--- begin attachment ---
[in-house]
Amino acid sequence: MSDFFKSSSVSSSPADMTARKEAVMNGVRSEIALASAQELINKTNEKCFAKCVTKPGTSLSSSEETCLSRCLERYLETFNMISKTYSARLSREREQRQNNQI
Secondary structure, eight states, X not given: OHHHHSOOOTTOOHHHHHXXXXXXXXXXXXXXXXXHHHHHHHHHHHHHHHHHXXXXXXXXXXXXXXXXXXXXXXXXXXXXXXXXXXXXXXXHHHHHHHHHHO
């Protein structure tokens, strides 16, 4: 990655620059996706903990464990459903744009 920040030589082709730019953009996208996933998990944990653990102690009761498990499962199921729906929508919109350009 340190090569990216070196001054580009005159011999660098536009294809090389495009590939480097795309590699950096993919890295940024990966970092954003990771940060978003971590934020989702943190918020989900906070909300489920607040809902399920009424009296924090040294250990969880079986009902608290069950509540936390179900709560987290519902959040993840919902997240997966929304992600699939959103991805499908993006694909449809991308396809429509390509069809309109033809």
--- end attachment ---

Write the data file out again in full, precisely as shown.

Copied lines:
[in-house]
Amino acid sequence: MSDFFKSSSVSSSPADMTARKEAVMNGVRSEIALASAQELINKTNEKCFAKCVTKPGTSLSSSEETCLSRCLERYLETFNMISKTYSARLSREREQRQNNQI
Secondary structure, eight states, X not given: OHHHHSOOOTTOOHHHHHXXXXXXXXXXXXXXXXXHHHHHHHHHHHHHHHHHXXXXXXXXXXXXXXXXXXXXXXXXXXXXXXXXXXXXXXXHHHHHHHHHHO
């Protein structure tokens, strides 16, 4: 990655620059996706903990464990459903744009 920040030589082709730019953009996208996933998990944990653990102690009761498990499962199921729906929508919109350009 340190090569990216070196001054580009005159011999660098536009294809090389495009590939480097795309590699950096993919890295940024990966970092954003990771940060978003971590934020989702943190918020989900906070909300489920607040809902399920009424009296924090040294250990969880079986009902608290069950509540936390179900709560987290519902959040993840919902997240997966929304992600699939959103991805499908993006694909449809991308396809429509390509069809309109033809």